Author: Varish

Call for nominations for ACM student chapter officers

We would like invite nominations from the graduate students in the CSEE department for student officer positions of the UMBC ACM student chapter, for academic year 2014 – 2015 (Fall 2014 to Spring 2015).

ACM or the Association for Computing Machinery, is a premier organization that promotes computing and technology around the US and the world. On the campus, the ACM student chapter is affiliated and supported by the UMBC graduate students association (GSA). The goal of the ACM student chapter is to foster interaction between all students, both graduate and undergraduate, in the CSEE department, provide a forum for student interaction, and opportunities for members to expand their knowledge of computing.

The positions available (and their general responsibilities):

Chair: is responsible for the overall management of the student chapter; Co-ordinate with rest of the student officers in planning events; Represent the student chapter at the GSA meetings.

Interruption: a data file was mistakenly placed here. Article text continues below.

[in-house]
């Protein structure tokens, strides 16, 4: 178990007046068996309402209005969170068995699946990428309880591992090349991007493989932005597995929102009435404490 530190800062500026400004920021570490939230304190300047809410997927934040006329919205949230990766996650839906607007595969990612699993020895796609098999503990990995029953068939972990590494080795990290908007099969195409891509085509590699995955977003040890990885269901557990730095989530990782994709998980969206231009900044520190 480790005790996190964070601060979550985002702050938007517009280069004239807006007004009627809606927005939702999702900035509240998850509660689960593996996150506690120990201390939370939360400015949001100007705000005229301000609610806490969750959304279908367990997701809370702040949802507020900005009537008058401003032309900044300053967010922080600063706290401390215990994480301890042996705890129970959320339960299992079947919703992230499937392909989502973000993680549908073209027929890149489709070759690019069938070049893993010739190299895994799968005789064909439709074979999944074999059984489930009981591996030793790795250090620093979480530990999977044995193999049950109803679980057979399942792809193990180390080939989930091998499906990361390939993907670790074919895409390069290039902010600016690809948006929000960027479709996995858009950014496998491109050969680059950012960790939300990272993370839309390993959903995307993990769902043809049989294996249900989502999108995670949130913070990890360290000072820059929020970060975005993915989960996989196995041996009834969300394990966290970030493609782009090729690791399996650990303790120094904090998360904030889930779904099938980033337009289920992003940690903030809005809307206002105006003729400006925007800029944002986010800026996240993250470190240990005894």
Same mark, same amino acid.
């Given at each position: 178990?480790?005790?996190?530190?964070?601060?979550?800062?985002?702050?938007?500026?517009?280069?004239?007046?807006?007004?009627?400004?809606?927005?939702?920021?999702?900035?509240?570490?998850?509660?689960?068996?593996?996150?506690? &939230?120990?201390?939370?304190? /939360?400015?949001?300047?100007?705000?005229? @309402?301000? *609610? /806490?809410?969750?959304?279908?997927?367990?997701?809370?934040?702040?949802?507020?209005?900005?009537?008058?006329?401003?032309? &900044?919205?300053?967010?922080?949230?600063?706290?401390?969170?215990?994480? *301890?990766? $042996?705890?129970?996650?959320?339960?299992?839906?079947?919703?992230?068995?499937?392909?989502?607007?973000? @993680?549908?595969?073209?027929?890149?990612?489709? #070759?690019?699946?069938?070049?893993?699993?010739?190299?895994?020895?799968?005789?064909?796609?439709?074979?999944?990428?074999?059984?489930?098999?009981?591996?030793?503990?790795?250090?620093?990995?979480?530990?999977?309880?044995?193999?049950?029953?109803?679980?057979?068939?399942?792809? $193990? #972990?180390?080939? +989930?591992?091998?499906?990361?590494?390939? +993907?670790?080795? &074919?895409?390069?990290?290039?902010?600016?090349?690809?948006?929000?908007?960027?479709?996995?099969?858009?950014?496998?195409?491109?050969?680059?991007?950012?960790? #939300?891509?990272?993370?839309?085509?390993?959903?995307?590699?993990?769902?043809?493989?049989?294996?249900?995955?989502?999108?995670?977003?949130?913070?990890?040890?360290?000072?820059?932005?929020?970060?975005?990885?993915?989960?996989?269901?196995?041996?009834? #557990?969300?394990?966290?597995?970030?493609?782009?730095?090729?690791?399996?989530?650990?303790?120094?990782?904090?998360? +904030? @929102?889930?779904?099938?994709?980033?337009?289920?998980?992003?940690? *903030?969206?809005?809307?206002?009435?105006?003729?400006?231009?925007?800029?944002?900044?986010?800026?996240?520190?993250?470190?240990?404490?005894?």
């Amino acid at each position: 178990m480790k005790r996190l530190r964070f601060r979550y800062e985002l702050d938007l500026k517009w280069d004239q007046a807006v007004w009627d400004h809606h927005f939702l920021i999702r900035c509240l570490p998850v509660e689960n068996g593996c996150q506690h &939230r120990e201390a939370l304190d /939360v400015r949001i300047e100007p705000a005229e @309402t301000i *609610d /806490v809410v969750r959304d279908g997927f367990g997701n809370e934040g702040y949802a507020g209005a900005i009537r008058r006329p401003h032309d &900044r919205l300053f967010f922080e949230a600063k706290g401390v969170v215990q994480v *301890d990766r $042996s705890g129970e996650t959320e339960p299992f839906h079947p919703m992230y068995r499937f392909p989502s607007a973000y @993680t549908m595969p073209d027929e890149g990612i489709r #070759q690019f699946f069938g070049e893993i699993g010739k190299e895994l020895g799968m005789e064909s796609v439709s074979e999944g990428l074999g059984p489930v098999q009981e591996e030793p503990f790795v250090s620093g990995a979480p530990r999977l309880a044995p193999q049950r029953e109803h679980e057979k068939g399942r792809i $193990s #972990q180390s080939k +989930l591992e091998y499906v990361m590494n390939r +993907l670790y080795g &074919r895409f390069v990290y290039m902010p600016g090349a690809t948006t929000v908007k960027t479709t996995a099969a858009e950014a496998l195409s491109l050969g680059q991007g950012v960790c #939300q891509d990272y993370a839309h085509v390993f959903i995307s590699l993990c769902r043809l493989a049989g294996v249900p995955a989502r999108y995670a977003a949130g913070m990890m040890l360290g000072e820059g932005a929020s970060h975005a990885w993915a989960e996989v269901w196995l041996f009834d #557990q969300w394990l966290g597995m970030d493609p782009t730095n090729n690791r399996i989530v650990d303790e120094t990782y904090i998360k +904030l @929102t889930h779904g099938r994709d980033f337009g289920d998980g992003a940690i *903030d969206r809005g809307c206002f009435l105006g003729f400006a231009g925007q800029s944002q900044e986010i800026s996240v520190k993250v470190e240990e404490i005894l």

Vice-Chair: Work with the chair to ensure smooth functioning of the chapter; Represent the student chapter at the GSA meetings in the absence of the chair.
Secretary: Co-ordinate with other student chapter officers for event planning; Point of contact for the student chapter;
Treasurer: Manage the ACM student chapter accounts; annual budget; expenditure during events

These positions are open to graduate students only. If elected, you would be required to signup as an ACM student member. Membership fee is $19 only.

Please email us the position you would like to run for (there will be elections if we get multiple nominations for a position). Alternatively you can nominate any other person for the positions above. In that case, please send their name, email address and which position you would like to nominate them for.